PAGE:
Why you need to be your own cheerleader

We all know what it feels like to be encouraged: to have someone on our side, who believes in us.

Their support is motivating, driving you on when the road feels hard.

If we’re lucky, we have many of these people in our workplace.

It is great if that person is our boss: someone who makes an effort to bring out the best in us, and push us to our limits - but not beyond.

I remember once writing a very important document for the Board of the National Crime Agency: the new Strategy for tackling Organised Crime through attacking the Proceeds of Crime.

My boss, the Director of the Proceeds of Crime Department read the first draft - and said to me: this is good, but it could be better.

I went away, grumbling slightly, and spent more time on it…

And the next draft WAS better.

I needed that extra push to take it from “good” to “excellent”.

But encouragement could come from many quarters: from colleagues; from peers in external organisations; or from a mentor (whether formal or informal).

But actually, the most important aspect of encouragement is the internal one.

I liken this to an internal cheerleader: we all need our inner voice to be supporting us, encouraging us, motivating us.

Rather than the opposite…

The importance of encouragement, and the power of the inner voice, is illustrated beautifully by the story of the Toad and the Tower.

Once upon a time, in a land far away, there was a group of frogs, living in a pond.

These frogs were happy: their time was spent splashing around in the water; catching flies; and playing games.

One day, they decided upon a new game.

On the edge of their pond was a tall tower.

The frogs decided to have a race to the very top of the tall tower.

The winner would be acclaimed as the bravest and strongest frog in the pond!

Other animals heard about the race, and got excited.

Of course none of the frogs would be able to get to the top - that was far too difficult.

But it would be funny watching them try.

But a toad that also lived near the frogs, decided that she not only wanted to watch - she liked a challenge, she wanted to join in…

Race Day dawned!

The animals gathered together at the base of the tower, watching the frogs and the toad limber up before their mammoth climb.

“I can’t believe they’re actually going to try to do this”, said a rabbit to a hedgehog.

“I know!,” said the hedgehog. “Have they not seen how tall the tower is - of course none of them are going to make it!”

The badger, as the animals’ senior representative, counted down:


And they were off!

The frogs and the toad hopped their way into the tower, and started jumping up the giant steps spiralling away above them.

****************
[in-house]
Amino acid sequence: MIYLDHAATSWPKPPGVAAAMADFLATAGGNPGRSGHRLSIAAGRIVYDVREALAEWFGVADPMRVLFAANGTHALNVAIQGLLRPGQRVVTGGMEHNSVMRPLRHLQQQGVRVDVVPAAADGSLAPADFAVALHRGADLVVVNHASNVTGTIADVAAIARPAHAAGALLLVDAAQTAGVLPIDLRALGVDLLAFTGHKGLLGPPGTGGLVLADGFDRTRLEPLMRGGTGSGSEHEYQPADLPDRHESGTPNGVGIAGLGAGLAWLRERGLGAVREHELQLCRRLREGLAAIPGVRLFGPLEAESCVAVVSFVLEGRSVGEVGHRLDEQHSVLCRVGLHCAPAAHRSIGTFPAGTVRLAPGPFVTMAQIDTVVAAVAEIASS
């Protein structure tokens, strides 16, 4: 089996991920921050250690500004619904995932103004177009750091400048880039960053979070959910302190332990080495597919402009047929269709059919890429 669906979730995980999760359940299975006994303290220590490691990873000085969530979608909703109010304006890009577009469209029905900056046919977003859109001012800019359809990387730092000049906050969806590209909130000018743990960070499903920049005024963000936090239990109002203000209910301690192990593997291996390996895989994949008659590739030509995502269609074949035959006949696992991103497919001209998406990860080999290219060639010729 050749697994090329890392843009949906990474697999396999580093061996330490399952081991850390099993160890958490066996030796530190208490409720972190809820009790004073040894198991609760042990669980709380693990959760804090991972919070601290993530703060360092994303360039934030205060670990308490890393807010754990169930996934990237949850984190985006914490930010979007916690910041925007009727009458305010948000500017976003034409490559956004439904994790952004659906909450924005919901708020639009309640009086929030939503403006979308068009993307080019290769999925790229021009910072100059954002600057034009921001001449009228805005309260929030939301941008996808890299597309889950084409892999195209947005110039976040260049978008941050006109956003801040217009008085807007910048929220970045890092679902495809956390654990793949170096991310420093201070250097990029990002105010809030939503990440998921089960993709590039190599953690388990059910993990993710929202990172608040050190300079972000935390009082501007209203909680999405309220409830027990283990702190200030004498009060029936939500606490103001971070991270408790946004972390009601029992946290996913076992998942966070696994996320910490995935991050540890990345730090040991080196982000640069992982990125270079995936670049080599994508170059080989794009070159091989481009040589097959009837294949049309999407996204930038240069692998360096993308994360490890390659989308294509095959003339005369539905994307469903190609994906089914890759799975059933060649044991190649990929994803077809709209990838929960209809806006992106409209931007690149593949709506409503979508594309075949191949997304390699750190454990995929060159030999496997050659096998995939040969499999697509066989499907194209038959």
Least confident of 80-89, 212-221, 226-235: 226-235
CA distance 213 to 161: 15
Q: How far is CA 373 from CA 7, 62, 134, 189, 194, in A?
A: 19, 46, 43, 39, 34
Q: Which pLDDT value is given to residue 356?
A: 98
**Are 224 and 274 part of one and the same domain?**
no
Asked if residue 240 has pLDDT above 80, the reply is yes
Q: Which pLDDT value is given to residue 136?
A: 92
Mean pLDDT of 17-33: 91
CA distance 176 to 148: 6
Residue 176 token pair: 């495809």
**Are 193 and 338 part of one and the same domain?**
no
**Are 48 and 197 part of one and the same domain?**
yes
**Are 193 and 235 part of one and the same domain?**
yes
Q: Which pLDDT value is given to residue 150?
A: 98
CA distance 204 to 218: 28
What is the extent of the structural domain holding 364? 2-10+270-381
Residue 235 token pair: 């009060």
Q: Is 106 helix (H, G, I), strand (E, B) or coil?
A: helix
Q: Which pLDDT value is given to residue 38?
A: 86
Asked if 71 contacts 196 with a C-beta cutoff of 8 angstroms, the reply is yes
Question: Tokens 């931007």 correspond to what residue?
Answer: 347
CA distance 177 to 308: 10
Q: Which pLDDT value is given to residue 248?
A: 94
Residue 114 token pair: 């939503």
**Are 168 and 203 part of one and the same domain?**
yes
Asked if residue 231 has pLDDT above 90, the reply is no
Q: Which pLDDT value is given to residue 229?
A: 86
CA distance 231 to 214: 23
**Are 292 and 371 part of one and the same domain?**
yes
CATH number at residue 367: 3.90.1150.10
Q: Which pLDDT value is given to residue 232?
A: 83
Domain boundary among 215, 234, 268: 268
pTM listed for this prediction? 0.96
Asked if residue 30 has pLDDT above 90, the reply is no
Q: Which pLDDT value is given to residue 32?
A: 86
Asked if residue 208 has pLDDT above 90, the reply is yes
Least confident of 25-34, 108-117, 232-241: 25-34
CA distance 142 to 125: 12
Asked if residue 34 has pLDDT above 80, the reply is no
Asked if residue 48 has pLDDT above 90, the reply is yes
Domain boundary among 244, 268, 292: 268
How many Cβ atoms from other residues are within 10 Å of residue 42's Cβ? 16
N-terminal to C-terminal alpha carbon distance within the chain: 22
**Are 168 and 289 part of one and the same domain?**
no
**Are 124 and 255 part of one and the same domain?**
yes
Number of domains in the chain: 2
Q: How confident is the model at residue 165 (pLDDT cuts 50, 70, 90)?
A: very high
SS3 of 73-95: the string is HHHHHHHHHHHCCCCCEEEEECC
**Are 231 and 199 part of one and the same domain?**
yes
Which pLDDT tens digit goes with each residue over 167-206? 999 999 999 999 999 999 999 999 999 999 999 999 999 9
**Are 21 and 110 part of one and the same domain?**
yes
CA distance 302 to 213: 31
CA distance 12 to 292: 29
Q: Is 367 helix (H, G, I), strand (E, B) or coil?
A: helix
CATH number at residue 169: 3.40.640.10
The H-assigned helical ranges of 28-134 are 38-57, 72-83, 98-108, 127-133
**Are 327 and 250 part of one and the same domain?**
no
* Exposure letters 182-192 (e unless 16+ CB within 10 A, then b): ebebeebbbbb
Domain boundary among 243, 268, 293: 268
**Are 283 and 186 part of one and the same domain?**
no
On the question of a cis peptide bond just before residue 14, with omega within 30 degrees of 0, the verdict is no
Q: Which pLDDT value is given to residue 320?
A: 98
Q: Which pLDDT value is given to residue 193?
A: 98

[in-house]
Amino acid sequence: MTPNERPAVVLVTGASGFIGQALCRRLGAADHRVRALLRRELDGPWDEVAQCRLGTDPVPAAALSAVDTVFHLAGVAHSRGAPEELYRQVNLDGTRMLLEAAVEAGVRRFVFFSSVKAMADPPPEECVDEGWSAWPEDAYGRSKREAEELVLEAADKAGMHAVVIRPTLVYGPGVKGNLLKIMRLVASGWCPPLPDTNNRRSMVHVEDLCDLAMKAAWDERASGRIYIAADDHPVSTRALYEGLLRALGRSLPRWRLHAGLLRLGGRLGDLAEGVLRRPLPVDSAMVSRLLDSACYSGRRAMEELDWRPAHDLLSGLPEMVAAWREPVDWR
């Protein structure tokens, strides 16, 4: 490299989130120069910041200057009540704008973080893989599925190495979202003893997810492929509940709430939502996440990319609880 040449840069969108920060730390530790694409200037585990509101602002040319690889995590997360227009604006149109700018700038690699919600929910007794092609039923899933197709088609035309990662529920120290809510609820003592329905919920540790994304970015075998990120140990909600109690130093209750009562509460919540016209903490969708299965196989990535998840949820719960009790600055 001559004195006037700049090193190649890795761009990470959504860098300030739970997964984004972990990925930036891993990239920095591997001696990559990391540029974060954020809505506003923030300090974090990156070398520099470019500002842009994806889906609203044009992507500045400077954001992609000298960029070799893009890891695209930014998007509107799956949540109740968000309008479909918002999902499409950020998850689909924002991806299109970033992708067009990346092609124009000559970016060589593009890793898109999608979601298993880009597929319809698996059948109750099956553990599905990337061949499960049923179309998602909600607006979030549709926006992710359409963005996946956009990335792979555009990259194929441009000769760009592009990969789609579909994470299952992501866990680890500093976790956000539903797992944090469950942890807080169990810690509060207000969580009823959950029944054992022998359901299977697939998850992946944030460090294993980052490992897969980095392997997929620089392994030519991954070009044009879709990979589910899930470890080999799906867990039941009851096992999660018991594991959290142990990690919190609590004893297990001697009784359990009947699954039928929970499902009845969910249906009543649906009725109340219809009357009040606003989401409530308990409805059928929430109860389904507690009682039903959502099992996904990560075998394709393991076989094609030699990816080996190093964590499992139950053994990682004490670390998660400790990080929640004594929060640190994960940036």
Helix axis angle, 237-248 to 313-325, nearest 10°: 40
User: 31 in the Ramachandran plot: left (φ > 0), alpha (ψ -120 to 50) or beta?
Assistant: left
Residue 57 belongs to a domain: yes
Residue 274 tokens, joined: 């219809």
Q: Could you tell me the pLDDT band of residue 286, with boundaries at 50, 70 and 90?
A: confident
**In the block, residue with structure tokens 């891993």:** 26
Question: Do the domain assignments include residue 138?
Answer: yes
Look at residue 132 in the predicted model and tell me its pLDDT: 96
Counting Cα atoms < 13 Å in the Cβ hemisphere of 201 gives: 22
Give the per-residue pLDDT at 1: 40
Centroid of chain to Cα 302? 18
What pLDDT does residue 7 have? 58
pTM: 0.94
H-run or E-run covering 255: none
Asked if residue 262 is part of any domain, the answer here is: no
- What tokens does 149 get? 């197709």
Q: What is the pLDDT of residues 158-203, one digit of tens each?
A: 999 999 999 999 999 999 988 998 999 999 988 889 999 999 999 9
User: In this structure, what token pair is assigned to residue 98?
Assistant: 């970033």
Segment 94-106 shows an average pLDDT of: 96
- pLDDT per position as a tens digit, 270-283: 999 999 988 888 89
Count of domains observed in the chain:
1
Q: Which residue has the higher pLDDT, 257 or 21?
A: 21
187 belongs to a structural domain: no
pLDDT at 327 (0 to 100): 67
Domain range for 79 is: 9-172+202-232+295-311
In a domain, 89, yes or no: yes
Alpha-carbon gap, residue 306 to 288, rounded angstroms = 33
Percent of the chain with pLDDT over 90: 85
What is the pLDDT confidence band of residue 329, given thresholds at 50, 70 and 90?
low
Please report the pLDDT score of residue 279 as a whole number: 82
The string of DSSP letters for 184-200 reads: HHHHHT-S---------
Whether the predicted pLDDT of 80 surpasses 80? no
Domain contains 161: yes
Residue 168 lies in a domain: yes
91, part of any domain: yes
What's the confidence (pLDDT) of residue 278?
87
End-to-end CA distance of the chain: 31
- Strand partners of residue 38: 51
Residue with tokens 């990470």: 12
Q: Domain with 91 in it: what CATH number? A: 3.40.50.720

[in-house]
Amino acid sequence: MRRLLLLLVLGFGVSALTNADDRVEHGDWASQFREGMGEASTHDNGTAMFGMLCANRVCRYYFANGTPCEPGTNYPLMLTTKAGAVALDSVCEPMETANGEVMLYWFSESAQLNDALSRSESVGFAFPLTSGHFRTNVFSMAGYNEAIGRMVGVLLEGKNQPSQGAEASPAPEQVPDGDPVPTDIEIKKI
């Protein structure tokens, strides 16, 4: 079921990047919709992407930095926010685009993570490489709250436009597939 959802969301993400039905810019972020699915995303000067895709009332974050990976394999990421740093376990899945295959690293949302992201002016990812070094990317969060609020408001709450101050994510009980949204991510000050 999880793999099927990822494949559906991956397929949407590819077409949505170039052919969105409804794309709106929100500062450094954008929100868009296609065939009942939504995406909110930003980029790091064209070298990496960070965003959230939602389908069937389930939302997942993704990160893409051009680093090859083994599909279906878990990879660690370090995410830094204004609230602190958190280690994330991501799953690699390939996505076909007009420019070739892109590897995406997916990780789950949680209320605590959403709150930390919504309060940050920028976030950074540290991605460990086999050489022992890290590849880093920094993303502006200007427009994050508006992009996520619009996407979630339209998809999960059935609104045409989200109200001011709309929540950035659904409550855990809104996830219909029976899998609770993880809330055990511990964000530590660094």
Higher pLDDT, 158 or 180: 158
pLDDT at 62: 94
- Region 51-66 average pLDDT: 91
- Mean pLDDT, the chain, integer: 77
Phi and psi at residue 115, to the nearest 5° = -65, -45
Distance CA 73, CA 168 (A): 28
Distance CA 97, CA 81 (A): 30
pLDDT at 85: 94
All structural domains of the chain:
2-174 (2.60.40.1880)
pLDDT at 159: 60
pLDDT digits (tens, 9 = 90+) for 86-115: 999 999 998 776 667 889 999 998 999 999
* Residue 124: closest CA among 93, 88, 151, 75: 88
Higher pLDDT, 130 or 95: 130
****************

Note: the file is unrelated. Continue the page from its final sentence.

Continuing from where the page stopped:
The frogs were better at jumping than the toad, and soon left her behind.

But it was really hard jumping up those giant steps…

Outside, they could hear the other animals talking to one another:

“Where are they now? How long do you think it will be before the first one gives up?”

“Not long! I don’t think they’ll make it past a few steps - and no-one will get past 10!”

The frogs kept going, but as a result of hearing these comments, the steps felt even higher, and the task ahead even harder…

The animals outside started to shout up the tower,

“Don’t bother with all this effort! It’s such a long way, and it was only a bit of fun. Why don’t you just give up and come down now?”

The first frog gave up.

“Sensible choice!” shouted a mouse. “There’s no point carrying on!”

And so another frog gave up. And another.

But the toad kept going slowly and steadily up…

One by one, the frogs gave up, to hop disconsolately back down the tower.

Until all that was left was the toad - who had started far behind the others, but who was slowly, slowly, still climbing.

The chorus of shouts grew louder, now including the frogs who had given up:

“You’ll never make it!”; “Come down and don’t be silly!”; “You’re going to hurt yourself!”

But nothing seemed to discourage the toad.

And eventually, after a huge effort, she got to the top of the tower.

A fabulous view greeted her:

  • she could see the other animals, like tiny specks far below;

  • she could see the pond where she and the frogs lived, near the tower

  • and she could see the landscape like she’d never seen it before: the rolling fields; the misty mountains in the distance; and everything was glowing in the light of the setting sun.

It was beautiful.

She breathed in the view, and her sense of satisfaction and achievement - and started hopping back down the tower.

At the bottom the other animals were amazed: how had this tiny toad managed to keep going, when all the frogs had given up?

When she reached the bottom, the rabbit asked her directly:

“Toad, how did you find the strength to climb that tower?”

But the toad just smiled back.

She couldn’t hear the question - or any of the discouragement that the animals had been shouting.

All she had was her internal voice - because she was deaf.

What about your internal voice - is it like the toad's, encouraging you on?

Or is it like the other animals, telling you that it's too hard?

Which is more helpful to you in your career?

For related advice on how to cultivate a growth mindset inner voice, see my blog post here:

Get in touch to find out how I can help you tune into your inner voice!

It will help you define your dream career...

...and it will be a powerful motivating force in your career!